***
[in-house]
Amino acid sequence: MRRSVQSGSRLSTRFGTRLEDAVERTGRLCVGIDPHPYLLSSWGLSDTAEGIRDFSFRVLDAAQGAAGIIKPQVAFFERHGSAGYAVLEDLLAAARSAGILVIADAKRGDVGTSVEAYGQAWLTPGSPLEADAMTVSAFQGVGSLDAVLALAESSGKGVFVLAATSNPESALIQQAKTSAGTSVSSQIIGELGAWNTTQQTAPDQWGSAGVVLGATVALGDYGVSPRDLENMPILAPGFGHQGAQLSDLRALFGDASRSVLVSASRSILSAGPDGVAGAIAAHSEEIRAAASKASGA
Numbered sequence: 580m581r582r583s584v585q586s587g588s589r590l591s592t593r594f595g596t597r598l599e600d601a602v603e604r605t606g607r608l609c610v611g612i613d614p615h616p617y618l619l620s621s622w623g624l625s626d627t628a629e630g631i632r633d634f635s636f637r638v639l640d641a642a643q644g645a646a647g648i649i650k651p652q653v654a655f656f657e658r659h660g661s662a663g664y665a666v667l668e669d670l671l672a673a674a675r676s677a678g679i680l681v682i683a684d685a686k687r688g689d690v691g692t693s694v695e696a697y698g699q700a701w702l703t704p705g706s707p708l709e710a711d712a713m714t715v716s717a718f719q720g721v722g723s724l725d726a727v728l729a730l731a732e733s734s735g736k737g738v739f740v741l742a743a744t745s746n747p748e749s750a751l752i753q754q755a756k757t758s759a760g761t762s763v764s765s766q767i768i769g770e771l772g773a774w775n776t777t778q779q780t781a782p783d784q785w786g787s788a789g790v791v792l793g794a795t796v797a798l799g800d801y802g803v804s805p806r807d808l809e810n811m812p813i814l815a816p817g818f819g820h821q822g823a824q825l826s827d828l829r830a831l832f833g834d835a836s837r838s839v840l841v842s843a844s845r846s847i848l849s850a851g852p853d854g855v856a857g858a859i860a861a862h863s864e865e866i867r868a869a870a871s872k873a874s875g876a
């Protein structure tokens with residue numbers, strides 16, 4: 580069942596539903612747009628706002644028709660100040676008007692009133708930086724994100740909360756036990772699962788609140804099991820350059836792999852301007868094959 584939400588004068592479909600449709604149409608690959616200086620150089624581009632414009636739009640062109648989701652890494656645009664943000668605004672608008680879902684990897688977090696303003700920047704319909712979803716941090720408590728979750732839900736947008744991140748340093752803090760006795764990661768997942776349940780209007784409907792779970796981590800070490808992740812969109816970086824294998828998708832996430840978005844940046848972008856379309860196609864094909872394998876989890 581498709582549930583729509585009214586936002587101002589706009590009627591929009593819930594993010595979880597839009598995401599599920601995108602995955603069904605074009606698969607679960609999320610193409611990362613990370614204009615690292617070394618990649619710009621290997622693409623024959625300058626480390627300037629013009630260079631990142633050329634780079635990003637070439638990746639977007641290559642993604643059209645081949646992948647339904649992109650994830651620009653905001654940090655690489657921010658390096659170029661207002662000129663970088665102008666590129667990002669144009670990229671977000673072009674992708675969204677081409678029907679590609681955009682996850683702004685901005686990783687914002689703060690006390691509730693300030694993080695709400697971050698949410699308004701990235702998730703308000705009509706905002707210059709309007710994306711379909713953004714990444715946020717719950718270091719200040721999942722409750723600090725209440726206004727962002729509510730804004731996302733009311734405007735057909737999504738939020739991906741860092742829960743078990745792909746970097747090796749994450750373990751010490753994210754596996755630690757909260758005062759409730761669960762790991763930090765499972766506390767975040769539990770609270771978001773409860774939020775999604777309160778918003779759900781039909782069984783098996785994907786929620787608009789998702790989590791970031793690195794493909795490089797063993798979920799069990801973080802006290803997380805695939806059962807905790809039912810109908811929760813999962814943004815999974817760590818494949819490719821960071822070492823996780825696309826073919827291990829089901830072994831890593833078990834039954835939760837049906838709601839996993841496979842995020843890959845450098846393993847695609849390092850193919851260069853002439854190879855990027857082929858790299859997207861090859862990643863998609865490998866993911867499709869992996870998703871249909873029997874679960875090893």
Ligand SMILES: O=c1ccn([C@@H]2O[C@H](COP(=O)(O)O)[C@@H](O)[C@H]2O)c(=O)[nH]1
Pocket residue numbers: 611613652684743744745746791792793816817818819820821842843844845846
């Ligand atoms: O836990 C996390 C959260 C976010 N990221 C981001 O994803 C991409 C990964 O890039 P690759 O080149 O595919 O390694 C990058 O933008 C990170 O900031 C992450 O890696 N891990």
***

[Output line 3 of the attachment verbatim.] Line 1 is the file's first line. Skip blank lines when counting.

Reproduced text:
Numbered sequence: 580m581r582r583s584v585q586s587g588s589r590l591s592t593r594f595g596t597r598l599e600d601a602v603e604r605t606g607r608l609c610v611g612i613d614p615h616p617y618l619l620s621s622w623g624l625s626d627t628a629e630g631i632r633d634f635s636f637r638v639l640d641a642a643q644g645a646a647g648i649i650k651p652q653v654a655f656f657e658r659h660g661s662a663g664y665a666v667l668e669d670l671l672a673a674a675r676s677a678g679i680l681v682i683a684d685a686k687r688g689d690v691g692t693s694v695e696a697y698g699q700a701w702l703t704p705g706s707p708l709e710a711d712a713m714t715v716s717a718f719q720g721v722g723s724l725d726a727v728l729a730l731a732e733s734s735g736k737g738v739f740v741l742a743a744t745s746n747p748e749s750a751l752i753q754q755a756k757t758s759a760g761t762s763v764s765s766q767i768i769g770e771l772g773a774w775n776t777t778q779q780t781a782p783d784q785w786g787s788a789g790v791v792l793g794a795t796v797a798l799g800d801y802g803v804s805p806r807d808l809e810n811m812p813i814l815a816p817g818f819g820h821q822g823a824q825l826s827d828l829r830a831l832f833g834d835a836s837r838s839v840l841v842s843a844s845r846s847i848l849s850a851g852p853d854g855v856a857g858a859i860a861a862h863s864e865e866i867r868a869a870a871s872k873a874s875g876a